Similar to its cousin the Smith Manoeuvre, both strategies make use of tax deductible debt and financial leverage to increase your net worth. But unlike the Smith Manoeuvre, the MIC Manoeuvre also increases your cash flow. It does this by removing the biggest expense from your household budget – the mortgage payment!

 

How to implement the MIC manoeuvreย 

Why service a mortgage like a sucker when you can get others to do it for you instead?

 

To keep calculations simple let’s say your current mortgage balance is $100,000. According to TD bank’s mortgage calculator, your monthly mortgage payment in the current interest rate environment would be $379. This works out to roughly $4,500 a year.

Everyone knows the best way to get rid of a home loan is to talk to actor Mortgage Freeman. But if you’re not that well connected, using the MIC manoeuvre will still save you that $4,500/year in payments. Here’s how it works.

Step 1

Start by opening up a home equity line of credit (HELOC.) Then take out $150,000 from it and put the money into a discount brokerage account. You can generally borrow up to 80% of the value of your home. HELOC rates are about 3% these days, and payments can be interest only. This means the minimum payment you will have to make on your HELOC debt is $375 a month, or $4,500 a year.

So far your combined debt is $250K ($100K mortgage + $150K HELOC.) Your annual payment to service this debt is $9,000 ($4,500 + $4,500).ย 

Step 2

This is where the magic happens.๐Ÿ˜‰ You take the newly funded $150,000 in your brokerage account and purchase a basket of Mortgage Investment Corporations, which can be publicly traded or private. In the past I’ve blogged about which ones I like and hold. Currently popular MICs such as Timbercreek and Atrium have yields around 8%. Disclaimer: I currently own both of them.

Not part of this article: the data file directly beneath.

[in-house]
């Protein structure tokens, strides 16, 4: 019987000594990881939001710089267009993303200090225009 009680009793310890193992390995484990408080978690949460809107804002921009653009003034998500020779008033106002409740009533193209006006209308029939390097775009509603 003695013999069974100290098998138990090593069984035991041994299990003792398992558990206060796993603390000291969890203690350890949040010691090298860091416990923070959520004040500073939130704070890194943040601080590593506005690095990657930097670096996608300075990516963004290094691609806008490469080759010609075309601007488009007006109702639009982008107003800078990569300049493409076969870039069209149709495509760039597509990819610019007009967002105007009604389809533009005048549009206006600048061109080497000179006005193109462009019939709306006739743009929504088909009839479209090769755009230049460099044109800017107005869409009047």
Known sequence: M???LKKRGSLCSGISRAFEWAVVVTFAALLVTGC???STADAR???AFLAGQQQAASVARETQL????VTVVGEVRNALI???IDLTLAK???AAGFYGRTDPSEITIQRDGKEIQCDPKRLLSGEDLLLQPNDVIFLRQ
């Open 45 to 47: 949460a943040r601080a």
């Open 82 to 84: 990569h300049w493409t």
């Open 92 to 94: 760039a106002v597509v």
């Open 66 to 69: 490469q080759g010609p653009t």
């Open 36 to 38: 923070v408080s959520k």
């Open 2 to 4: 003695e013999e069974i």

Using 8% yield as a benchmark, a handful of MICs worth $150,000 can expect to generate $12,000 in annual investment income.

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Nov 182019
 

Time + Ownership = Financial Freedom

When financial writer David Bach was just 7 years old his grandma took him to McDonald’s and explained to him that there were 3 types of people in the world: The minimum wage employees working there, the consumers who pay money and eat there, and the owners who aren’t there but can still make money from the restaurant. David’s grandma helped him buy 1 share of McDonald’s, and taught him how to read and follow MCD’s stock chart.

The next time they went to a McDonald’s restaurant she told him, “now you are not just a consumer here, you are also an owner. Every time you eat here you are paying yourself.” It’s a brilliantly simple concept; easy enough for a child to understand. Yet it’s an inspiring and powerful idea. David became hooked on investing. He bought other stocks over time to eventually become a millionaire. ๐Ÿ™‚ From the time he bought his first stock to today in 2019, MCD shares have increased in value by over 250 times! But it didn’t happen overnight. It took decades.

McDonald’s menu in 1973 when David Bach was a kid.

Fortunately anyone can become an owner by investing in established companies like McDonald’s. And the best part is you get to earn all your money while you sleep. ๐Ÿ™‚

It all comes down to saving a percentage of your income, and investing it on a consistent basis. And then simply wait. The longer you wait the more your money will have time to compound and grow exponentially. Although you can schedule to invest every month, or every quarter, studies suggest you should invest as soon as possible to maximize potential returns.

People who try to get rich quick stay broke long.” ~ David Bach

If we understand that financial success requires patience, then investing will appear to be easier and less risky. For example, imagine if 2 investors held 2 different views about buying a house.

Investor 1) I’m afraid prices might drop in the next year or so. ๐Ÿ™ And it’s a rather large investment so I question if now is a good time to be buying.

This mindset makes it difficult to pull the trigger when a good opportunity comes. We act based on what we believe. If we believe prices may fall then of course we will experience more hesitation and concern when buying a house. But let’s look at the second mindset where patience is paramount.

Investor 2) I have the patience to hold this property for at least 7+ years. So after the year 2026, based on macro trends, house prices will probably be much higher than it is now. Most likely rent in the city will be higher as well. Therefore buying a house now and locking in a mortgage balance is probably better than buying a house later and risk taking on an even larger mortgage.